The following is a guest post from Andi Simon, author of On the Brink: A Fresh Lens to Take Your Business to New Heights. She is a corporate anthropologist, an award-winning author, and the founder and CEO of Simon Associates Management Consultants, designed over a decade ago to help companies use the tools of anthropology to better adapt to changing times. Simon also is a public speaker and an Innovation Games facilitator and trainer. She served as a tenured professor of anthropology and American studies at Ramapo College of New Jersey, and was a visiting professor teaching entrepreneurship at Washington University in St. Louis.
Taking on Leadership Roles
As women have taken on greater leadership roles in the business world, it’s paid off for both them and business.
A study by the Peterson Institute for International Economics found that firms with women in the C-suite were more profitable. Meanwhile, the number of women-owned businesses grew 45 percent from 2007 to 2016 compared to just a 9 percent growth in the number of businesses overall.
But will all those women in leadership roles change the workplace culture to make it more female friendly – and does it matter?
As a corporate anthropologist, I’m aware of the recent shift in thinking surrounding how cultures should be restructured in order for women to thrive in the workplace. This has caused me to ask: What type of culture do women really want and is it that different from what men want, too?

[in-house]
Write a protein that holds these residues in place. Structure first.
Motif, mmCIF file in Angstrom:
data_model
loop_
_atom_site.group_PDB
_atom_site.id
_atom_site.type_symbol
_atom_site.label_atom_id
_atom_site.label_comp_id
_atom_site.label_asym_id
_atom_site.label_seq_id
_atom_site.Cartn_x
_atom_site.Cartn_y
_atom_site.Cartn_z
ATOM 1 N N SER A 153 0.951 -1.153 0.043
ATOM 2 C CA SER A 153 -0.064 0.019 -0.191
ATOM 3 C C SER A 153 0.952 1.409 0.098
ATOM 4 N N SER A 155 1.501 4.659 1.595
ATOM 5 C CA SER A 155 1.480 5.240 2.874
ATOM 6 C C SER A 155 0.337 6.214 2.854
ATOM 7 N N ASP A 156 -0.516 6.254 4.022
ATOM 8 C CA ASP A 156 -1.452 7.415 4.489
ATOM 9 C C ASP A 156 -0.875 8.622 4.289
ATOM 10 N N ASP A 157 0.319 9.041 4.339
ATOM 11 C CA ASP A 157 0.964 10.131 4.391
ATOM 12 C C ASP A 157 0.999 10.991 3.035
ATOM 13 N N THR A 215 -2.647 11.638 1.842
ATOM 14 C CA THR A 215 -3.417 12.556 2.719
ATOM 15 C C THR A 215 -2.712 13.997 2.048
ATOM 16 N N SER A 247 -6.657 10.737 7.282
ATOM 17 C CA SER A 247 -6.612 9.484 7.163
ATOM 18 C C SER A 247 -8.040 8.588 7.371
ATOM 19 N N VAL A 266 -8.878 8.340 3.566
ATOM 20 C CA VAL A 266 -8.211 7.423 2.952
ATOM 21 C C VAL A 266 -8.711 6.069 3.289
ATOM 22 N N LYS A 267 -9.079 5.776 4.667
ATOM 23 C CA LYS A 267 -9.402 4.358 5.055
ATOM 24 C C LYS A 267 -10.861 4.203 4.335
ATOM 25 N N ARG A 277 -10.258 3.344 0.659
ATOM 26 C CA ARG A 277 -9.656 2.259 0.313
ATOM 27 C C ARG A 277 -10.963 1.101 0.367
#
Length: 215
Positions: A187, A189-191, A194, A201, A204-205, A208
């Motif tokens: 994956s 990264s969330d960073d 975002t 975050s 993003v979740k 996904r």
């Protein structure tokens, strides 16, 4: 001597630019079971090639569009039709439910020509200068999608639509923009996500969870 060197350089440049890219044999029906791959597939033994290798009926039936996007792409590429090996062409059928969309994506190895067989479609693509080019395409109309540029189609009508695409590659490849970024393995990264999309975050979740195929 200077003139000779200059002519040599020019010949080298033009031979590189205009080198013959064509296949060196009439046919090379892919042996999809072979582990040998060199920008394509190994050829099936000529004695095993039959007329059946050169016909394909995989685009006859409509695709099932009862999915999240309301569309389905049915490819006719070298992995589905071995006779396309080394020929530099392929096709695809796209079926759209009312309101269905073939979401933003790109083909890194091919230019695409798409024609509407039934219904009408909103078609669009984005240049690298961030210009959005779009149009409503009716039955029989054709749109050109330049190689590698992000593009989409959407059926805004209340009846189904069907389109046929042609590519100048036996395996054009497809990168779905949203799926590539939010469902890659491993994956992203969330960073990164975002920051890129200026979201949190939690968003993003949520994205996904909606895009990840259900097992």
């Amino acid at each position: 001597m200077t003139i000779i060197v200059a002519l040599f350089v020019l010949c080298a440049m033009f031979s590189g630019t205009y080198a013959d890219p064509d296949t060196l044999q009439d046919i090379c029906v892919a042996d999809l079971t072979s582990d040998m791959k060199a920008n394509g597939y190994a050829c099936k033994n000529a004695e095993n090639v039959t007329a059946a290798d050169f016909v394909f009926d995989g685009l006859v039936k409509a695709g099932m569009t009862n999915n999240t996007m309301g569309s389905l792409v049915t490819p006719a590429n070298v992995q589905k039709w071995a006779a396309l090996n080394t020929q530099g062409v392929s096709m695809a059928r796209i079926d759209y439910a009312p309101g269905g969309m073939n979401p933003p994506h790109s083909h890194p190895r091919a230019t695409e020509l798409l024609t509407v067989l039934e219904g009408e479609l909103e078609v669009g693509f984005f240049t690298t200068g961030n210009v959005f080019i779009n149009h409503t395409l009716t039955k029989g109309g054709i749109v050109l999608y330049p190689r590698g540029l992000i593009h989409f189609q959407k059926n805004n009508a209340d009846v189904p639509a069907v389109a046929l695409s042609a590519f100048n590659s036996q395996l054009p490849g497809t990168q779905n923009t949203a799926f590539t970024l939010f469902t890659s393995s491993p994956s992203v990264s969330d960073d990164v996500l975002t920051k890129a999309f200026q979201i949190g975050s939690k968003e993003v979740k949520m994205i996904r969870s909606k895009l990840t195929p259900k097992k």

The results of the research were surprising. It turns out, in many ways men and women want similar things in the workplace. Both prefer a strong clan culture that emphasizes collaboration, teamwork and a focus on people.
So what lessons does that hold for women who start their own businesses or are hired or promoted into leadership positions in existing businesses?
Some of the ways women can succeed when leading an organization and make the workplace more attentive to the needs of both men and women include:
- Create a culture that blends work and home. The founder of one company intentionally took a whole-life approach and didn’t force employees to choose between work and family. That company won all sorts of local awards for being one of the best places to work in the area.
- Encourage staff to be innovators. Often even the employees who think outside the box are reluctant to act outside the box for fear of repercussions if things don’t work out quite the way they hoped. But for innovation to happen, a good leader needs to empower employees to try new ideas.
- Be an adventurer, stay curious. If you expect your employees to try new ideas, you need to be willing to do so as well. Don’t worry about failing, keep tinkering and trying stuff and sooner or later you’ll hit upon your a-ha moment.
Women who know how to create success are not just building better businesses; they are changing the way people work.
The corporate cultures in women-run businesses reflect the personal beliefs and values of the women leading them and those businesses tend to be highly successful.